08/28/2013 08:00 am ET Updated Oct 28, 2013

(Extra)Ordinary People

Of all the good and important words that have been spoken in the past week about the legacy of Dr. Martin Luther King, Jr., and the March on Washington, perhaps none are more remarkable than Sybrina Fulton's as she appeared on MSNBC Sunday morning:

"I think the most important thing that I can do is continue to fight and just be realistic and not expect things to happen overnight," Ms. Fulton told Melissa Harris-Perry. "It took a long time for everything to occur, so it's going to take just that time to try to get things on the right track. I'm giving my commitment not to give up until I'm resting in my grave... It's very important that we stick together, that we unite and we fight."

She continued: "I would... tell (people) not to give up. Don't be discouraged because sometimes how things look in front of you, it's a little gray and you get discouraged. Don't give up. Just continue, continue to take little steps, continue to take little steps and just be persistent."

Fulton, if you don't already know, is not an elected official, civil rights leader, church minister, or labor leader.

She is Trayvon Martin's mom.

And while it is absolutely certain that she would rather have her son alive than access to the center of any stage, her dignity and resilience set an astounding example for the movement that is growing now across the country, a movement AFSCME is proud to be a part of.

It is a movement of Americans who come in all colors, religions and creeds, an extraordinary movement of "ordinary" people who play by the rules, know the score and believe we can do better.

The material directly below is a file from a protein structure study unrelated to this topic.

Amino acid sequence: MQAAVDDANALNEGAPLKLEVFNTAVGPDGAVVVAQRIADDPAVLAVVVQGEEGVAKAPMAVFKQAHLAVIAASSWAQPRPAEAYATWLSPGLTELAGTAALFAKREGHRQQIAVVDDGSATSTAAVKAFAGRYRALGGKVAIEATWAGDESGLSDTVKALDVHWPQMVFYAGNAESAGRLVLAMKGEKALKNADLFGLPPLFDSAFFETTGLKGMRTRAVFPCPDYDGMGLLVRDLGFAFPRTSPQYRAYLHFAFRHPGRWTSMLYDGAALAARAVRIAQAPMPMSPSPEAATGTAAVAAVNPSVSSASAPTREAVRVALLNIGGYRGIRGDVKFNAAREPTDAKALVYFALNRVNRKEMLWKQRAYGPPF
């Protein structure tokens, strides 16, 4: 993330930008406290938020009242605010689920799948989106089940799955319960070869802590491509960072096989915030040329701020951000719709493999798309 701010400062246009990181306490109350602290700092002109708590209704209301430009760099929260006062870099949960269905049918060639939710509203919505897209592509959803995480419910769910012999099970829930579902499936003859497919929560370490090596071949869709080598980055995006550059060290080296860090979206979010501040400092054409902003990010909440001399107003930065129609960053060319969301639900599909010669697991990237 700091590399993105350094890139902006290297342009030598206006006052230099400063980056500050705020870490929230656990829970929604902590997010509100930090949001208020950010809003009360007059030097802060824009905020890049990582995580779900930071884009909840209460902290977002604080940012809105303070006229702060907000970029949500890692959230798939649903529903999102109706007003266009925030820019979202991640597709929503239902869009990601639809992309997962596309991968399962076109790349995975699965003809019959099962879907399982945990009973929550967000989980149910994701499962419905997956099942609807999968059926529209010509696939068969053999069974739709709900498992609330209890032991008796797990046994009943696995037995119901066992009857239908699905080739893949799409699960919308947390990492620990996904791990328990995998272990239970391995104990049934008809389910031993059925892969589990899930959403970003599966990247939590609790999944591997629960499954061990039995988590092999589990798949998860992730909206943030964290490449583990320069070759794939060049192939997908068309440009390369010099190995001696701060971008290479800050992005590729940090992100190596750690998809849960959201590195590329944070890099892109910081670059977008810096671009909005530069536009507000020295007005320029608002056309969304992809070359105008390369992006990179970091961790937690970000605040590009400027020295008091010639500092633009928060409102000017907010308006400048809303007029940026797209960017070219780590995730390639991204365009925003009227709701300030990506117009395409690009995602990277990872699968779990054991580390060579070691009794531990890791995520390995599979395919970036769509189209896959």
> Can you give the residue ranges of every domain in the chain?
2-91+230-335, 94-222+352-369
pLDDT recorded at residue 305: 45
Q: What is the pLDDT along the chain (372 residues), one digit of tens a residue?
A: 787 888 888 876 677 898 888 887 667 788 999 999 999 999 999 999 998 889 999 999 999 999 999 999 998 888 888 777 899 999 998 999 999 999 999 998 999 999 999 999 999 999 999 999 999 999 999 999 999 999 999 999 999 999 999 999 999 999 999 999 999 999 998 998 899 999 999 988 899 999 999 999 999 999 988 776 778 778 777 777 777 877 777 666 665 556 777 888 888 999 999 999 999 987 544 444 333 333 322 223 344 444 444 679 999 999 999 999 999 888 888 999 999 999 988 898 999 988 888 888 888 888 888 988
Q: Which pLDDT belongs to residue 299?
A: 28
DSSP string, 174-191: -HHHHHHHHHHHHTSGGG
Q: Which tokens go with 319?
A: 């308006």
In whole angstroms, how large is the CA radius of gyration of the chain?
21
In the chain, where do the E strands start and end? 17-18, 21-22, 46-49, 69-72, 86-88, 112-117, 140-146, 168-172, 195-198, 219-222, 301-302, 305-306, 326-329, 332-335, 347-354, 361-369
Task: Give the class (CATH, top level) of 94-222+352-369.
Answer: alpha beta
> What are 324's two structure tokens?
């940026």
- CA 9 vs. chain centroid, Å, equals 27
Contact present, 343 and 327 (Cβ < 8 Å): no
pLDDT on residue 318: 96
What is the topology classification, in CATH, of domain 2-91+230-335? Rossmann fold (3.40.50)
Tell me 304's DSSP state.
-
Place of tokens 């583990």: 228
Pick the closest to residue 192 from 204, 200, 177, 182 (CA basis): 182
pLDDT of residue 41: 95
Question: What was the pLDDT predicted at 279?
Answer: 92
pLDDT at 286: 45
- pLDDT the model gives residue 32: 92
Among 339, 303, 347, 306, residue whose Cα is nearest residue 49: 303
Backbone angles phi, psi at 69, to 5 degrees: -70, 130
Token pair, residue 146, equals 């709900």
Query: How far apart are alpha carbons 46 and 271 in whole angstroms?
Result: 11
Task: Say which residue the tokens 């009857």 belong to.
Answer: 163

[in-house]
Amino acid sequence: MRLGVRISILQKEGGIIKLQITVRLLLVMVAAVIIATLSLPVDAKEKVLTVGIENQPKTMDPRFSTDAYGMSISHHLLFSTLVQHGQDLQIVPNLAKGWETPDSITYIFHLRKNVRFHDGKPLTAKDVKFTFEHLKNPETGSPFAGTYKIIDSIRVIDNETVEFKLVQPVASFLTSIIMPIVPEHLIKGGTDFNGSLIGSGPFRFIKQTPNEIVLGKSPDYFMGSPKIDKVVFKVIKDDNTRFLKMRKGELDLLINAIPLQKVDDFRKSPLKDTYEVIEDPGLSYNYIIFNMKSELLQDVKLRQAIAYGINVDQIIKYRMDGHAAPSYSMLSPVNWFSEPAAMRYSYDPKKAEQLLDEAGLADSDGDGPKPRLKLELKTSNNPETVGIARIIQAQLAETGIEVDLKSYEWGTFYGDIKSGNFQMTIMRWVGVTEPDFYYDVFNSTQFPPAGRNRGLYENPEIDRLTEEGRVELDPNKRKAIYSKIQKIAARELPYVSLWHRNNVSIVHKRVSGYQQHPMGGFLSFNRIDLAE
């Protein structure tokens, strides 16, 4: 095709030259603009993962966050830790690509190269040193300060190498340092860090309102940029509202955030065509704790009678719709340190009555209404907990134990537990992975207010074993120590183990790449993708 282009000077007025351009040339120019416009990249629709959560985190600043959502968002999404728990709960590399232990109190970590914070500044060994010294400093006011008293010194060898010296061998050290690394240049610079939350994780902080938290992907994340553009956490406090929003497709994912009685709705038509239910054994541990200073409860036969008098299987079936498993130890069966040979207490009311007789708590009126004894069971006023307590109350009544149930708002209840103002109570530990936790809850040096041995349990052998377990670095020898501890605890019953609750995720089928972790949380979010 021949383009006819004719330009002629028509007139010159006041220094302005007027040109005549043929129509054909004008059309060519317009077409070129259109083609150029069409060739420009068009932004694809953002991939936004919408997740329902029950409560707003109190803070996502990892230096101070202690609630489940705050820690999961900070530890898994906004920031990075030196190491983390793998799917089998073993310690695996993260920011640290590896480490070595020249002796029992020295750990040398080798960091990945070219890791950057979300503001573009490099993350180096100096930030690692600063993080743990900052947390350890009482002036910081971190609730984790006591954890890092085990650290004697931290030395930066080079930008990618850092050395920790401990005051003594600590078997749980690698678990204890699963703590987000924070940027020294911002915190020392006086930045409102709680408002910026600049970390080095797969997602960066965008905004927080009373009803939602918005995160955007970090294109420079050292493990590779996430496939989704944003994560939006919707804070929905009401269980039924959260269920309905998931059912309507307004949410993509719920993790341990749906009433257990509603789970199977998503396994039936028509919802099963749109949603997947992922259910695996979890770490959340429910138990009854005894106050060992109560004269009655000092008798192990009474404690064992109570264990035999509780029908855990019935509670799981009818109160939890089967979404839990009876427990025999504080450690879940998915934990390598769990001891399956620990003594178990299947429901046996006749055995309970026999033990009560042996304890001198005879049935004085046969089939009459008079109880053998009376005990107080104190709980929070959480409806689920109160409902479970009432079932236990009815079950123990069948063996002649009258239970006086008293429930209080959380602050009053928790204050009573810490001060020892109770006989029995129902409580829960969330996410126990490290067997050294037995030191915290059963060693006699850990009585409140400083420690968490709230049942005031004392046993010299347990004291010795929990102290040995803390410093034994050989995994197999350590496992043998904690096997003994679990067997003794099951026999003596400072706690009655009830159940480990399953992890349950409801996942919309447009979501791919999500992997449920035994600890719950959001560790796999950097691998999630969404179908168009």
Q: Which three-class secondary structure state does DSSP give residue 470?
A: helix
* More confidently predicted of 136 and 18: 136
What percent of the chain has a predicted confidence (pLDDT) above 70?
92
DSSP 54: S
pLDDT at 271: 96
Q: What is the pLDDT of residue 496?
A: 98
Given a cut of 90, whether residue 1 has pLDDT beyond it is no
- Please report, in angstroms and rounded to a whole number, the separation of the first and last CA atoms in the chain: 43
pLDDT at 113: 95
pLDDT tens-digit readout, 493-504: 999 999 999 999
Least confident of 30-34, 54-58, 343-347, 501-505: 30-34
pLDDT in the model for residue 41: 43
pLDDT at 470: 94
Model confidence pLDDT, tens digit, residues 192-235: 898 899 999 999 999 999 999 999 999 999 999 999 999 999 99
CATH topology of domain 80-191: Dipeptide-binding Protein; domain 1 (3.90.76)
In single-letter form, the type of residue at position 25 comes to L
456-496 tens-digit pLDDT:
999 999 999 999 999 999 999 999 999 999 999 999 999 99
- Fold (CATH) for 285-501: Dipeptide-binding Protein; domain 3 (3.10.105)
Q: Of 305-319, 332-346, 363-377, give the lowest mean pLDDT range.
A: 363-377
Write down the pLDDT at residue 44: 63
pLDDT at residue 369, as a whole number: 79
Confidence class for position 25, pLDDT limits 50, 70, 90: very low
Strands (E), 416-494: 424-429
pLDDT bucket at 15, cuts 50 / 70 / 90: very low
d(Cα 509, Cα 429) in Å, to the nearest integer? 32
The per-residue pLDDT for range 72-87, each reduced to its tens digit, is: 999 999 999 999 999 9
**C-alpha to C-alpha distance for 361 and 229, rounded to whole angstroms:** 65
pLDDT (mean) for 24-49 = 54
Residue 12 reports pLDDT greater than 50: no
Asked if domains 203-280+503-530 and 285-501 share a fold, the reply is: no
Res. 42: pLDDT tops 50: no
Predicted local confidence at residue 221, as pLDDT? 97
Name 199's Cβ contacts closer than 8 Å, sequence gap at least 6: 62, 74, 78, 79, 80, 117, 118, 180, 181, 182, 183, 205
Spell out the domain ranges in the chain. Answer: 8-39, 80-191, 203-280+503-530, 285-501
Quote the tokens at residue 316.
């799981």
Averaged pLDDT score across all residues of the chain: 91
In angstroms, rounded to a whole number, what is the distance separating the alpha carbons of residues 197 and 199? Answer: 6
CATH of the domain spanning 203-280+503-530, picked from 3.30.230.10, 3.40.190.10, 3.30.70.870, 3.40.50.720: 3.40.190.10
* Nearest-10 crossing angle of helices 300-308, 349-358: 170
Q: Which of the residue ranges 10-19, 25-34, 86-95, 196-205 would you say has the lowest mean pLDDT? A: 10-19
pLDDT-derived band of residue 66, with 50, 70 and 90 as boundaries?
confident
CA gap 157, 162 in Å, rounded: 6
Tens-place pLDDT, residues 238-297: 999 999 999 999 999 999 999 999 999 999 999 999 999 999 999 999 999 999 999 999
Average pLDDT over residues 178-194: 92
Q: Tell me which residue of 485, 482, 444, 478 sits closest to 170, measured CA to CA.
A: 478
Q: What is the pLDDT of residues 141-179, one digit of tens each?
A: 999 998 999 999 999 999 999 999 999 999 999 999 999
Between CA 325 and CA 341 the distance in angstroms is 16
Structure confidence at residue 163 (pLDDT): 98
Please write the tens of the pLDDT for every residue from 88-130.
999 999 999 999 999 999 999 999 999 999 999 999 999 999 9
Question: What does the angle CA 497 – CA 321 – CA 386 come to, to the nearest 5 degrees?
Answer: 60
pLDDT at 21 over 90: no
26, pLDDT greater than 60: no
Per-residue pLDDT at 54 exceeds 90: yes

People like Ruth Feldman, a retired school psychologist, who recently wrote on AFSCME's Facebook page:

"Americans need to stop looking at one or two problems at a time and see the whole picture."

She went on to 'draw' that picture by connecting the dots, noting funding cuts to public education; the collusion between corporations and ALEC, the group that is responsible for "Stand Your Ground" and "Right-To-Work-For-Less" laws; the prohibitive cost of higher education; the tax structure that's put an exorbitant amount of wealth into the hands of a few; legal tax-dodging by the ultra-rich that keeps resources from helping all our nation's citizens; the unraveling of the social safety net; the lack of laws controlling pollution and destruction of the environment; the poor condition of our country's infrastructure; Wall Street's willingness to gamble with America's retirement security; and the broken immigration laws that have allowed our country to become a source of cheap, exploited labor.

It was a thoughtful, powerful indictment of a country that has failed to live up to its tremendous potential by failing to enforce a level playing field. And it echoes the hundreds of thousands of "ordinary" people who two years ago "Occupied" cities across the country and delivered a simple message that has resonated profoundly: Inequality is strangling us.

Yes, we have survived the Great Recession and employment is up.

But according to the Census Bureau, one-third of adults who live in poverty are working. They simply don't earn enough to support themselves and their families.

Indeed, low-wage, temporary jobs have become so widespread that they threaten to become the norm, a fact that is celebrated in many corporate boardrooms because it widens the profit margin. ("There's class warfare, all right," billionaire investor Warren Buffett has noted, "but it's my class, the rich class, that's making war.")

Dr. King, who was assassinated in Memphis while working with striking AFSCME sanitation workers 45 years ago, could have predicted this crisis because he understood the need to connect civil rights, human rights, labor rights and economic rights.

Today, Presidents Obama, Clinton and Carter will stand on the steps of the Lincoln Memorial and no doubt remind us of the challenges our great country has confronted and overcome throughout the course of its history.

But it will be the resolve and fortitude of millions of "ordinary" Americans as they organize and mobilize together in workplaces, churches, schools and communities that reveal our true greatness.